Behind the scenes: Expecting the unexpected
2nd Jun 2021 || By Rodney Seema
I joined InfraCo Africa’s Asset Management team in 2020 and am responsible for the roll out of the Sierra Leone Mini-grid project with our partners at PowerGen Renewables. It is an ambitious project that will ultimately electrify 40 communities in the southern and eastern regions of Sierra Leone. Delivered in two phases, we are already seeing people using the project’s clean solar power to develop their businesses, study at night, to provide computer skills training and to deliver safer healthcare.
The project has been delivered in two Work Packages. The first 18 sites were commissioned in December 2019 and we began operating them in January 2020. We are excited to be undertaking the next phase of the project, covering a further 22 sites, and it seems like an appropriate time to celebrate our achievements so far and to reflect on what we have learned, so as to inform the successful roll out of the remaining sites.
From an Asset Management perspective, a key success to note on the project has been the skills transfer between staff at PowerGen Kenya and their Sierra Leone counterparts. This knowledge transfer has been evident over recent months with more and more staff from Sierra Leone taking ownership for their respective functions and delivering on identified action items. This growing local knowledge base has helped the project to move forward despite the restrictions and challenges presented by the COVID pandemic.
Keeping our teams safe is of critical importance to the success of any construction project and it has also been great to see the strides taken by PowerGen in developing their HSES systems and processes on this project. InfraCo Africa sponsored an HSES training workshop for the team in early 2020 and PowerGen has since developed and implemented these new processes during the construction of the Work Package Two sites. As a result, despite the difficult working conditions in Sierra Leone, there has not been a serious incident recorded to date, definitely a key success for the project.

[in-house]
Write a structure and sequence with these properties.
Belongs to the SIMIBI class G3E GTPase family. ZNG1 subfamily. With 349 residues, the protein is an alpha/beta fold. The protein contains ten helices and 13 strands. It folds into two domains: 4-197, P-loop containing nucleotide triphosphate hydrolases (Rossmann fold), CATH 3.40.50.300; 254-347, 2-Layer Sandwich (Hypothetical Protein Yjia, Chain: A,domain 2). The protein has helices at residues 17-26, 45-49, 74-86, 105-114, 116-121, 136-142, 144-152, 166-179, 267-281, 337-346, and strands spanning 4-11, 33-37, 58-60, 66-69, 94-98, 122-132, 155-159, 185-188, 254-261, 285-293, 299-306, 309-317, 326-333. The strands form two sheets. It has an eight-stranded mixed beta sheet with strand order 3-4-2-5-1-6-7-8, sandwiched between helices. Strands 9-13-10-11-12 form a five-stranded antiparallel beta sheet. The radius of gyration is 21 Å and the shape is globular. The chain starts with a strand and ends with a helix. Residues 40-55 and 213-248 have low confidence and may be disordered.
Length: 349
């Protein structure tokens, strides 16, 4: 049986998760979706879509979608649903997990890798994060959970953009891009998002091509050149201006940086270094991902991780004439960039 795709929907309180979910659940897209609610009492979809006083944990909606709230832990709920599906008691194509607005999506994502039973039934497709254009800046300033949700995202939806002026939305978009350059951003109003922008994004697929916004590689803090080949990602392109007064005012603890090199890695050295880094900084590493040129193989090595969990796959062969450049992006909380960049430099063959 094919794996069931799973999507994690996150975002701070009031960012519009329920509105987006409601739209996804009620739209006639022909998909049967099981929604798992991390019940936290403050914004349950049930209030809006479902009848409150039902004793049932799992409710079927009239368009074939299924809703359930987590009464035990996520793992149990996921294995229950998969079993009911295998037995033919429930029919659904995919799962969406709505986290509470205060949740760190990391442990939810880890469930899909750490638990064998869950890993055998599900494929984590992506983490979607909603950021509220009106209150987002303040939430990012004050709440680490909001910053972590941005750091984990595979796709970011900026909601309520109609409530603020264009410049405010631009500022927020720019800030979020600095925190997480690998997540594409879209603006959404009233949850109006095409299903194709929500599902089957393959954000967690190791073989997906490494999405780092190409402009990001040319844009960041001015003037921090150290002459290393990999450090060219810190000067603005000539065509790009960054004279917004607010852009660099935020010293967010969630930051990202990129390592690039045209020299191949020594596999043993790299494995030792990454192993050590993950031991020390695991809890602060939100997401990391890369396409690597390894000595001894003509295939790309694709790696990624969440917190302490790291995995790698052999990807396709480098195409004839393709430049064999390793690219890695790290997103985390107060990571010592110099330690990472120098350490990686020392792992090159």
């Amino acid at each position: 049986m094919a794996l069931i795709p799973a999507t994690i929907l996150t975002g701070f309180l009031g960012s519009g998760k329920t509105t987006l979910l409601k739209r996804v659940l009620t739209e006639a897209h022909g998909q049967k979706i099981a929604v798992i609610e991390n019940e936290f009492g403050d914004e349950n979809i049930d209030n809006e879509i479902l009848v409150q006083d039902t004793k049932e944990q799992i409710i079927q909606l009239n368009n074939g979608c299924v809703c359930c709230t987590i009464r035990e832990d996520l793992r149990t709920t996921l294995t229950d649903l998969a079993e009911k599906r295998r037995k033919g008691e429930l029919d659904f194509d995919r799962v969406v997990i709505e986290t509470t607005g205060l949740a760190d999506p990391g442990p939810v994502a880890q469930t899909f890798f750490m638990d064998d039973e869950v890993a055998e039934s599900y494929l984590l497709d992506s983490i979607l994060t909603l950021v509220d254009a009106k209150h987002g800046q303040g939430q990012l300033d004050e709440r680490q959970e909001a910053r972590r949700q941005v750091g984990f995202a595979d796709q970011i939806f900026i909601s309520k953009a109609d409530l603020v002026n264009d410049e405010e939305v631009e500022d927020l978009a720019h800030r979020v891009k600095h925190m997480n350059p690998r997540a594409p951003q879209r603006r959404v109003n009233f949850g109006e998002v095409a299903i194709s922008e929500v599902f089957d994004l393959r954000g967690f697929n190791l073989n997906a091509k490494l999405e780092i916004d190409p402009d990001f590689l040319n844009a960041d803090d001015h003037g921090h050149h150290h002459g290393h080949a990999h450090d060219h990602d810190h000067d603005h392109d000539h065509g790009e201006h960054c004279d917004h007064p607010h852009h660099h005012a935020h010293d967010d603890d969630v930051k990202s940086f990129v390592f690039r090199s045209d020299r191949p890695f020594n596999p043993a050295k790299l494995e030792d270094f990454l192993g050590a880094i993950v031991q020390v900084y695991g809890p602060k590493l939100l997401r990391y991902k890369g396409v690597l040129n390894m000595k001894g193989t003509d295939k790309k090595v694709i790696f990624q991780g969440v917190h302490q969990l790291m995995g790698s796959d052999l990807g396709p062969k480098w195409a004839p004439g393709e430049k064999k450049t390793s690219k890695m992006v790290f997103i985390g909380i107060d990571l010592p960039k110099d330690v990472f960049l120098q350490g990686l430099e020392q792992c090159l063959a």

As with all pioneering projects, we have experienced some hurdles in the initial deployments. There are technical reasons for some, but for others we have realised that the issue lies with power being used differently to the expectations upon which the original designs were scaled. This is interesting and unexpected and is something that the wider off-grid solar market may wish to consider as the sector grows and expands its ambitions in sub-Saharan Africa.
The first of the Work Package One sites became operational in 2019 and some of these sites have experienced higher than anticipated demand for power during night-time hours, resulting in continuous load shedding. This is largely a result of people choosing to leave their lights on all night, altering expected usage and charging patterns for the installed battery storage systems. This behaviour change was not anticipated by the communities themselves prior to installing the power, nor could it have been foreseen by the team. The communities in which we are working have not had access to electricity previously – light has come only from generators, candles or battery operated torches – it seems from our experience that, without existing access to electricity, it is hard to anticipate how one will use it when it arrives.
Another challenge has been a huge surge in demand for power over the Christmas period as families have gathered together, significantly increasing local populations for a short period. This challenge of peaks and troughs in demand is perhaps more widely understood in the context of grid-tied power, however, for communities relying on off-grid supplies, there are no alternative power sources to draw upon when it is necessary to significantly increase supply.
So what are we doing to address these challenges?
Over the past twelve months, the team has worked closely with communities to better understand their usage patterns and to address any shortfalls in available power. We have visited all of the sites where power demand exceeds available supply, documenting items required to improve each system and mapping those sites where a system expansion is required in order to meet demand – whether by adding more solar panels, batteries or a generator. This work is expected to be carried out in the coming months, after all 40 sites are developed and energised.
We are now factoring this knowledge into our future deployments, designing each of our Work Package Two sites with a capacity of 120% – 130% of the expected power demand, ensuring that we can meet year-round demand for power and that sustainable electricity is available for customers 24/7.
We have learned a great deal over the last twelve months and continue to learn as we work to commission the next 20 solar mini-grids, delivering first-time, clean electricity to more homes and businesses in rural communities. You can follow our progress on social media and on our website.